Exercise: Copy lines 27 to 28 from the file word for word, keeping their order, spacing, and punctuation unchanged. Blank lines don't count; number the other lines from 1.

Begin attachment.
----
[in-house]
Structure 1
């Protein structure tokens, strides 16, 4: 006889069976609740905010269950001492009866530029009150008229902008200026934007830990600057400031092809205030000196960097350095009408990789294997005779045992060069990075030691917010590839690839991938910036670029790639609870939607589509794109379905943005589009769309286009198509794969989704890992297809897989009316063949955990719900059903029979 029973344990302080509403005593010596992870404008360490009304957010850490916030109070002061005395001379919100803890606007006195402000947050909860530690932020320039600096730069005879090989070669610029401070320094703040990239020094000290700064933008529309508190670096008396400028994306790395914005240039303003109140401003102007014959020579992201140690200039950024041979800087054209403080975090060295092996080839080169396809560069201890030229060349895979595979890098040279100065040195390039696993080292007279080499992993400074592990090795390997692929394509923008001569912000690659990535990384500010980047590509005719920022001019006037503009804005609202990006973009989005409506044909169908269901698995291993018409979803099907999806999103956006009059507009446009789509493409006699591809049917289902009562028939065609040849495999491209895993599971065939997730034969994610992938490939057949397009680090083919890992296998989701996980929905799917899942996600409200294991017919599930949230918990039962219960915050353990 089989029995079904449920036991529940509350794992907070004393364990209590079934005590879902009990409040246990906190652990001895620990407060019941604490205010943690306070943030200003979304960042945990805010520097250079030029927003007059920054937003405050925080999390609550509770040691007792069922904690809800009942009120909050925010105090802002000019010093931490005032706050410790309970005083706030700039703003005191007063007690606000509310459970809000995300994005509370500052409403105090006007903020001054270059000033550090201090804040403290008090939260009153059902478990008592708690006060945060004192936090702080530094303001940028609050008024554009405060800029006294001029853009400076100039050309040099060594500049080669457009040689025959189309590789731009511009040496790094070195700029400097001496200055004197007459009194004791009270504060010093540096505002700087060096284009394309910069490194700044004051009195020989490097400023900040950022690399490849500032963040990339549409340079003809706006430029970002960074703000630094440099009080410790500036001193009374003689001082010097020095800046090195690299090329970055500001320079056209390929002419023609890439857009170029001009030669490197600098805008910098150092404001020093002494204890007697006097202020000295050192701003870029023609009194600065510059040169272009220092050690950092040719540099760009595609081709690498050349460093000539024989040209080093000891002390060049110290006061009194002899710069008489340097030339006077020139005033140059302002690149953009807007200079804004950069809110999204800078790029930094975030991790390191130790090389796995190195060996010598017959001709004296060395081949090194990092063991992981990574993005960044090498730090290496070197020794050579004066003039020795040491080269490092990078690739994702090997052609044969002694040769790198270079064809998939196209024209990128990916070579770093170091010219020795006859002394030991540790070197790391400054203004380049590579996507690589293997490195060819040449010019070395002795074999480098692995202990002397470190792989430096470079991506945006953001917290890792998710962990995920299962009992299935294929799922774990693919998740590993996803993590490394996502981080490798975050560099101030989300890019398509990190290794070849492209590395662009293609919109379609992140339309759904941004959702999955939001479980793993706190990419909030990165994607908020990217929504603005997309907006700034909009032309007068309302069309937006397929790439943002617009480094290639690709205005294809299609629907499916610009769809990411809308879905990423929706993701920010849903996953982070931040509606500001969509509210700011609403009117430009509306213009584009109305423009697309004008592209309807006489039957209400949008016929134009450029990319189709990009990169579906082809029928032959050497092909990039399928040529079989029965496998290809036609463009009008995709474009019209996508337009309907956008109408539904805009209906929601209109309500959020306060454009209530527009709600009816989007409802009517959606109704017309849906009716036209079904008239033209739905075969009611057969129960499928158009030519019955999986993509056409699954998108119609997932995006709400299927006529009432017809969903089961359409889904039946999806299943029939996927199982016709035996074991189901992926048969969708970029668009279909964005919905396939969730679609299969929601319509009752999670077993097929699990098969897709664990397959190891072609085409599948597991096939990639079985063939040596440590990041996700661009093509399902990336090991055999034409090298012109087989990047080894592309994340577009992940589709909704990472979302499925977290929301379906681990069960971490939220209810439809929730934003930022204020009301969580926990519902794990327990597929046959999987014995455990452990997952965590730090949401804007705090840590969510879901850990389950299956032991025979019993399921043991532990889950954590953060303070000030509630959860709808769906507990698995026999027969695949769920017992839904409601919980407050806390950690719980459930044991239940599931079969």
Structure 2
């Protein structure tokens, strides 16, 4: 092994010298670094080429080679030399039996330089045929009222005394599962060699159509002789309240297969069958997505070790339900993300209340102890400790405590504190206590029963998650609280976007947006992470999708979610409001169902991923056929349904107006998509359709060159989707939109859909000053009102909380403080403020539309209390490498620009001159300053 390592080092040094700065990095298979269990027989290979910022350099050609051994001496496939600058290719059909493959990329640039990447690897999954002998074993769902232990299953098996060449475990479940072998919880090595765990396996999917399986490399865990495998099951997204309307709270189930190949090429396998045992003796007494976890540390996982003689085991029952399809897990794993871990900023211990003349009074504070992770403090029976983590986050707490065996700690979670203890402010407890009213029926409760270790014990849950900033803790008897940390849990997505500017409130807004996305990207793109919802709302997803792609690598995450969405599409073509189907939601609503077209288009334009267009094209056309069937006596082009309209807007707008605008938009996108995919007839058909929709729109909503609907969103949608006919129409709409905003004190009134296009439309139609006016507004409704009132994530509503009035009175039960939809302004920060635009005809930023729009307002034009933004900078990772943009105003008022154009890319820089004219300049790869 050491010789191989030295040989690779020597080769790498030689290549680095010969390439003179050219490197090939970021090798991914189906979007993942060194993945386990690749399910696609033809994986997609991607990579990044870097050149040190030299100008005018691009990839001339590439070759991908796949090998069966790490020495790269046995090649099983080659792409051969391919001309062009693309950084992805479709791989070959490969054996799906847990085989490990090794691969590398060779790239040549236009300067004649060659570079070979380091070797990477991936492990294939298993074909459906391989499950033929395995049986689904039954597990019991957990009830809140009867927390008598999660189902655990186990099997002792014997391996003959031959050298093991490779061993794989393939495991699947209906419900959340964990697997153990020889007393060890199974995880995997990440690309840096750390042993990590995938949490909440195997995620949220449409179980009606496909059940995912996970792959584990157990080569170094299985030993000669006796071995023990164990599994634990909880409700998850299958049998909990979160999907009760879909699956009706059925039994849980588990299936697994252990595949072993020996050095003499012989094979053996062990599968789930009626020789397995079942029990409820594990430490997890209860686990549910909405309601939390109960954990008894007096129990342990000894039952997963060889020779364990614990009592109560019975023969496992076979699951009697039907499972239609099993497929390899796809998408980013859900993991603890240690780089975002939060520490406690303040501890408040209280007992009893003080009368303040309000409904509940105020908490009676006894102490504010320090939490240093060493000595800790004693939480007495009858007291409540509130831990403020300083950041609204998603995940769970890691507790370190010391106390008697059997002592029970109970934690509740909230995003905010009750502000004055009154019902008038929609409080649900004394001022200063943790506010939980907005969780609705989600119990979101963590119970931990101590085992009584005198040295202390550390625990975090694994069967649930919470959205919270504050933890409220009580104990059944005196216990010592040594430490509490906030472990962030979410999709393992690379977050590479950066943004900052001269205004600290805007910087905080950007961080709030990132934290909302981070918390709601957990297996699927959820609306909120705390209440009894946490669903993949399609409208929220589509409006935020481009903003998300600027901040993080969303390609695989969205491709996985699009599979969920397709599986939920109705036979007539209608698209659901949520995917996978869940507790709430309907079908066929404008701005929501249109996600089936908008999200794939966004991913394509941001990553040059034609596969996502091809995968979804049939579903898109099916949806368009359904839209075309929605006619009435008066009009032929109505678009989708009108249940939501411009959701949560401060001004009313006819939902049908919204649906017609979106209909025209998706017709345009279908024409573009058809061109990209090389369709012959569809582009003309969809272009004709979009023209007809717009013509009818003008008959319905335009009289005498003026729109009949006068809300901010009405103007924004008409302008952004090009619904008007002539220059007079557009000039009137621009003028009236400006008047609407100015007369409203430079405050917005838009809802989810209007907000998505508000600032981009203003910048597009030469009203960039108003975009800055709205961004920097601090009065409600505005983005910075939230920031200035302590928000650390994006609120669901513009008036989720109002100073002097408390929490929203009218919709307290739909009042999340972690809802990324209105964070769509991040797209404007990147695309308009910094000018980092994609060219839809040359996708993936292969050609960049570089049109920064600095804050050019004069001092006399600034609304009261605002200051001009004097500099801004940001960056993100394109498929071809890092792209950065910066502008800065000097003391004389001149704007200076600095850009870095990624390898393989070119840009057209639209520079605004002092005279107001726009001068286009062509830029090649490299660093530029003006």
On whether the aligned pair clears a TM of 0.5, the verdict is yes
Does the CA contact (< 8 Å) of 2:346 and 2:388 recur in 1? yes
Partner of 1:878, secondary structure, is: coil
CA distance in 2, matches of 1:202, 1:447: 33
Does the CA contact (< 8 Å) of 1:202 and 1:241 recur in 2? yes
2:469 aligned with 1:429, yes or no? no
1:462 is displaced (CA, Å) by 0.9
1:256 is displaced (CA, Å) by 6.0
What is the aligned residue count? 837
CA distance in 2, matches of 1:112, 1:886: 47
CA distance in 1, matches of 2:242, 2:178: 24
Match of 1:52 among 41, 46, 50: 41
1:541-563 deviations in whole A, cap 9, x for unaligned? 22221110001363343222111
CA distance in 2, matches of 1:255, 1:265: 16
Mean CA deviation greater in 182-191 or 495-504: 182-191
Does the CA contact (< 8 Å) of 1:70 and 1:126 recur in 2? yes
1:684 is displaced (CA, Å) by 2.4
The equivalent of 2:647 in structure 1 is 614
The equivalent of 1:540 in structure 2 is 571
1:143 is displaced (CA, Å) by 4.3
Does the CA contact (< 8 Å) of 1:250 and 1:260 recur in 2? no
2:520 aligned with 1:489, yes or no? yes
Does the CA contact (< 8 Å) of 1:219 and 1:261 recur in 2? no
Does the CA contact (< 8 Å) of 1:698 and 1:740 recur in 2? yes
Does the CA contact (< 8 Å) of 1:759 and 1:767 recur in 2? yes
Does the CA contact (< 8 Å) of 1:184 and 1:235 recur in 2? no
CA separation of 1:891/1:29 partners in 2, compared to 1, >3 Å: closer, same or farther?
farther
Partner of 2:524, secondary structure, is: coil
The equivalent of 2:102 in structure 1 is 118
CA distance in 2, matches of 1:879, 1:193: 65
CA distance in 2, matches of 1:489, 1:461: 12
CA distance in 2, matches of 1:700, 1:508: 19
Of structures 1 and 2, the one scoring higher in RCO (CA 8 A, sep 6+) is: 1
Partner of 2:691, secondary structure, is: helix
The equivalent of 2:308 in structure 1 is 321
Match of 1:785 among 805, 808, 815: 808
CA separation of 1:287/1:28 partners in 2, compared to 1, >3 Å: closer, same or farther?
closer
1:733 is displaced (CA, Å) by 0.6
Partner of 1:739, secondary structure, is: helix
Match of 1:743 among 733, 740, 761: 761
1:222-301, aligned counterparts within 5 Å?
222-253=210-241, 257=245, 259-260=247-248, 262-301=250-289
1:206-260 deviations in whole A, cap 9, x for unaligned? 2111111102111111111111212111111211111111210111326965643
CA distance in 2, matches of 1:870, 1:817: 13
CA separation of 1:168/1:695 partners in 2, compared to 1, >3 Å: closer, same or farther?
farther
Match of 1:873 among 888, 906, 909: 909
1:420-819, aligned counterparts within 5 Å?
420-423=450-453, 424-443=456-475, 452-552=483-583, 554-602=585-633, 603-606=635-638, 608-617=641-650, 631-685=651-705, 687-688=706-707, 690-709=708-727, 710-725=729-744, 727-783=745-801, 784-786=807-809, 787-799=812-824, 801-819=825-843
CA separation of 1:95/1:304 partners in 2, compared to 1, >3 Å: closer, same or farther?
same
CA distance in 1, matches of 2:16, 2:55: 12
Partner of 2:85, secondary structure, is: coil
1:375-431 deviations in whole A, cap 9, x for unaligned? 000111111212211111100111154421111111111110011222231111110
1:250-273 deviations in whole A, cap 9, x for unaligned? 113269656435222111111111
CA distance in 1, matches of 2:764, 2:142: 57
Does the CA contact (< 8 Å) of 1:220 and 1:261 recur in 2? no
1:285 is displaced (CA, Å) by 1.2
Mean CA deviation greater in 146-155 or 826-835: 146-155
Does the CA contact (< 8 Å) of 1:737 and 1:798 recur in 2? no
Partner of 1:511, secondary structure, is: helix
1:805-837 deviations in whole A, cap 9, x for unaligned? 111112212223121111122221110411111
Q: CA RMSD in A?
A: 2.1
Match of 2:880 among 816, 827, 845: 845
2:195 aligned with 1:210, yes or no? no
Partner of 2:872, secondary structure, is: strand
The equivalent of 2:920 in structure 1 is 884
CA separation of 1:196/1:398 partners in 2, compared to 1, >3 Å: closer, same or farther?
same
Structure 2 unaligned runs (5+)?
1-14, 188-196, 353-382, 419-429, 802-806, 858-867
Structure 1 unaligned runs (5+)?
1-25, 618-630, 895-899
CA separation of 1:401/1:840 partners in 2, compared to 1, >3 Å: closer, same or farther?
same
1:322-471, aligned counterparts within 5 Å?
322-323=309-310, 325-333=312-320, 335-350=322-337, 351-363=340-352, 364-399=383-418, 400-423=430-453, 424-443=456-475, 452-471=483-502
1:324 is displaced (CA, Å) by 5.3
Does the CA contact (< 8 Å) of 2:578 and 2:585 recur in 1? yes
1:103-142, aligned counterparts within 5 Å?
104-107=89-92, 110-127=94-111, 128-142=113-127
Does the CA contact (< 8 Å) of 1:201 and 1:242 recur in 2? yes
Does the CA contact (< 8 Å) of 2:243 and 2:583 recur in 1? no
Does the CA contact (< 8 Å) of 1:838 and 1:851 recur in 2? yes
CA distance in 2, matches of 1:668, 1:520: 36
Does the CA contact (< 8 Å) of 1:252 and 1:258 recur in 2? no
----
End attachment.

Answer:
2:520 aligned with 1:489, yes or no? yes
Does the CA contact (< 8 Å) of 1:219 and 1:261 recur in 2? no